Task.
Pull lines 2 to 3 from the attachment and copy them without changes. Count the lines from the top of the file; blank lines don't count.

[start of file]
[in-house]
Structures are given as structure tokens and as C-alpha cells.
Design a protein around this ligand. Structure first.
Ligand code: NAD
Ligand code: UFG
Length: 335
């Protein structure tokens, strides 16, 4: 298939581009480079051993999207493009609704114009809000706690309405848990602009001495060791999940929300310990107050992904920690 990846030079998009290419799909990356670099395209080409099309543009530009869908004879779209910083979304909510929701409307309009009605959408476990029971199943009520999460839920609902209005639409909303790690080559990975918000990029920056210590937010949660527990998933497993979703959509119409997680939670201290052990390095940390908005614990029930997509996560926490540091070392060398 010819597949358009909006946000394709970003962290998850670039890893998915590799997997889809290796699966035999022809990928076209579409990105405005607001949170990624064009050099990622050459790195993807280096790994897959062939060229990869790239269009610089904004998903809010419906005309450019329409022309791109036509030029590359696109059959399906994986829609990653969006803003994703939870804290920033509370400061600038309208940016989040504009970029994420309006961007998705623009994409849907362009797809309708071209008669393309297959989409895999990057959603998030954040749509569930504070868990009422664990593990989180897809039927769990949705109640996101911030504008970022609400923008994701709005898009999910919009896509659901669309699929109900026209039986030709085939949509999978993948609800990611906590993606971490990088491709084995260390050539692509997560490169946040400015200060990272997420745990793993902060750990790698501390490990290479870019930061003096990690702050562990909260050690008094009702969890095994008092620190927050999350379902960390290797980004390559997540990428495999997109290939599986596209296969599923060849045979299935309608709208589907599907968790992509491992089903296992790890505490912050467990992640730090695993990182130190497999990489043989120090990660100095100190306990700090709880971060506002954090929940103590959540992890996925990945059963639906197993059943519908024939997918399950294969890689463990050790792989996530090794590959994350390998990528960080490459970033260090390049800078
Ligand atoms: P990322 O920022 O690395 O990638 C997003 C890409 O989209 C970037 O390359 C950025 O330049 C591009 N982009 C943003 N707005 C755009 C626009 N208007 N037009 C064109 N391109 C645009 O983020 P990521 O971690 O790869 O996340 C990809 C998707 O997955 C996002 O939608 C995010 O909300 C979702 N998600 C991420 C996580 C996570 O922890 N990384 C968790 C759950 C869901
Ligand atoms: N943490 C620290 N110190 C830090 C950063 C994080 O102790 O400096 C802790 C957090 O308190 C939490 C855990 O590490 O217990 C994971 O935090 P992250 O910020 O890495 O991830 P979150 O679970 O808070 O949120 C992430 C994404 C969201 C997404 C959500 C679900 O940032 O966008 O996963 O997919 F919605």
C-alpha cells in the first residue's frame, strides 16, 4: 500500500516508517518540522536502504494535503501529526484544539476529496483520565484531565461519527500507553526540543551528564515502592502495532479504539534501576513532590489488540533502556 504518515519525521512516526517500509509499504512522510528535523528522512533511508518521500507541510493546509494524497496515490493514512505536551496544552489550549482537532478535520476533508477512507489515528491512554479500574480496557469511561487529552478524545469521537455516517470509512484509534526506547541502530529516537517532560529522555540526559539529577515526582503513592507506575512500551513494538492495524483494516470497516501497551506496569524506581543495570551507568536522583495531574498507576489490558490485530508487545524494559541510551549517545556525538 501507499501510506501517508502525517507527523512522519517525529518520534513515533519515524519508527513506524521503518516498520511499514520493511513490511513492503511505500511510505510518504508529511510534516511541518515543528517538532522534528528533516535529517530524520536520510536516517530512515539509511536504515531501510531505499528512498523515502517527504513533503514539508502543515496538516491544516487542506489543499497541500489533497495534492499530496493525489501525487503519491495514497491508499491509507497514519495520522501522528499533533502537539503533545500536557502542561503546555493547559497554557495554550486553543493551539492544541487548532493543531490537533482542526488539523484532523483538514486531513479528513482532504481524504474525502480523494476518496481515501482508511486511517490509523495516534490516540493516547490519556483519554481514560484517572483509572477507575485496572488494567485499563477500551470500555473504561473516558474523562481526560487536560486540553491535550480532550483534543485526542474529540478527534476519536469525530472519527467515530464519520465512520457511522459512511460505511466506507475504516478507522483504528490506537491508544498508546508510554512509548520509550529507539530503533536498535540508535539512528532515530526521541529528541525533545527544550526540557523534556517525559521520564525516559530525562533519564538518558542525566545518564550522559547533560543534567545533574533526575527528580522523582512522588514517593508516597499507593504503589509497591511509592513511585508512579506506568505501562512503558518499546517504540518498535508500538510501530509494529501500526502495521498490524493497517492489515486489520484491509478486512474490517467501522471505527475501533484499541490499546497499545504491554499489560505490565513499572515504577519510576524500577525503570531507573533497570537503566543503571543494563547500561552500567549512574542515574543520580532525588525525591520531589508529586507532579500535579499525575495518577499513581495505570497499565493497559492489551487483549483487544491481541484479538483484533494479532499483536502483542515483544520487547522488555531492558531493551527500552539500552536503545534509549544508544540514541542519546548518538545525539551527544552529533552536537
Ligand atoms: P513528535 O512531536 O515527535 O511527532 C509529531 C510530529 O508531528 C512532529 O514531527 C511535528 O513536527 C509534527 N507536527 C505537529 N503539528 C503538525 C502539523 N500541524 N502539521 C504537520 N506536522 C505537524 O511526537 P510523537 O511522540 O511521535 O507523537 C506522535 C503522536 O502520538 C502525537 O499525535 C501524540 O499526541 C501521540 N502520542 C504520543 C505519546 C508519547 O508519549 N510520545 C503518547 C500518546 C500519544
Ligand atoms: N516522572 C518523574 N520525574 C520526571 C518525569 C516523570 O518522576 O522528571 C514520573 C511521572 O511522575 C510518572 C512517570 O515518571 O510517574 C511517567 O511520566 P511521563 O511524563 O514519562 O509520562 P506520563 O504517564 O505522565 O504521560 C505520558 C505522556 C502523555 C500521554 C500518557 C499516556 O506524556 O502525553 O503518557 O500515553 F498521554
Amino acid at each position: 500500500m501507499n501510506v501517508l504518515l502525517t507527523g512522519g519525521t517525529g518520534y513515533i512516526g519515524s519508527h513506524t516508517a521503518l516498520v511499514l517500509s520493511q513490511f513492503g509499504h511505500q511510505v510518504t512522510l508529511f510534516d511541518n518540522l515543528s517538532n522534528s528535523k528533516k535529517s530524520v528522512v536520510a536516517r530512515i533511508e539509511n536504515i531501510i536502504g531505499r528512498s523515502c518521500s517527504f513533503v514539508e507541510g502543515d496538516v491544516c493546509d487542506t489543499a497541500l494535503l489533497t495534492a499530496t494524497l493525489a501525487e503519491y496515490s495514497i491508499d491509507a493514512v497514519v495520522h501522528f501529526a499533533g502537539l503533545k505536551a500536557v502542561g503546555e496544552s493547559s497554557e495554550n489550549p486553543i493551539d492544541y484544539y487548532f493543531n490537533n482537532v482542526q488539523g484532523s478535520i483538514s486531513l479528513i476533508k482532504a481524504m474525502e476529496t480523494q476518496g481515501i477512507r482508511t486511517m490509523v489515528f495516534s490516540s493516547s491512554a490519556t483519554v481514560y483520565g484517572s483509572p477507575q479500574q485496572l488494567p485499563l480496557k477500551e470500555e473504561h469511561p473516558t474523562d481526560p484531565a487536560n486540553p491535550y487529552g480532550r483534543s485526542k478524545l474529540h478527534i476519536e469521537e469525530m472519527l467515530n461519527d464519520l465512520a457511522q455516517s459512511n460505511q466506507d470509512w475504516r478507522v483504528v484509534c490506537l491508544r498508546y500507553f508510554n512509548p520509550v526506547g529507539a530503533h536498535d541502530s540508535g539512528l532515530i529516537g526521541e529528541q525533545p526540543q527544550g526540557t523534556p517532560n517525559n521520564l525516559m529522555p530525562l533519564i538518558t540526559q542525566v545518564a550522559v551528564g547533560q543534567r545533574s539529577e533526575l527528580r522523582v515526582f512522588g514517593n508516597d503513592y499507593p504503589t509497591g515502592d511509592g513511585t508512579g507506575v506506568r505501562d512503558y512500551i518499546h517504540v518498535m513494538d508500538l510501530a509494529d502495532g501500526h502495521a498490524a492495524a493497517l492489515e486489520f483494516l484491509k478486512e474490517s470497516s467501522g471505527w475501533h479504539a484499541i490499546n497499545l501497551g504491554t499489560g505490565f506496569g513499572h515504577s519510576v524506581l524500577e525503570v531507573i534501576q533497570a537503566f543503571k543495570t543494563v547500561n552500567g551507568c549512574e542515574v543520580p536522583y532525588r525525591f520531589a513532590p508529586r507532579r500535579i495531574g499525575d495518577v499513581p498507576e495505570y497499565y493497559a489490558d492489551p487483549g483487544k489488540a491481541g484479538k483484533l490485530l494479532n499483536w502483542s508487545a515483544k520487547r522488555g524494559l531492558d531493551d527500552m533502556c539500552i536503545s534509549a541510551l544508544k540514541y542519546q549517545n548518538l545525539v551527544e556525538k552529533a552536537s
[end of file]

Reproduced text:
Structures are given as structure tokens and as C-alpha cells.
Design a protein around this ligand. Structure first.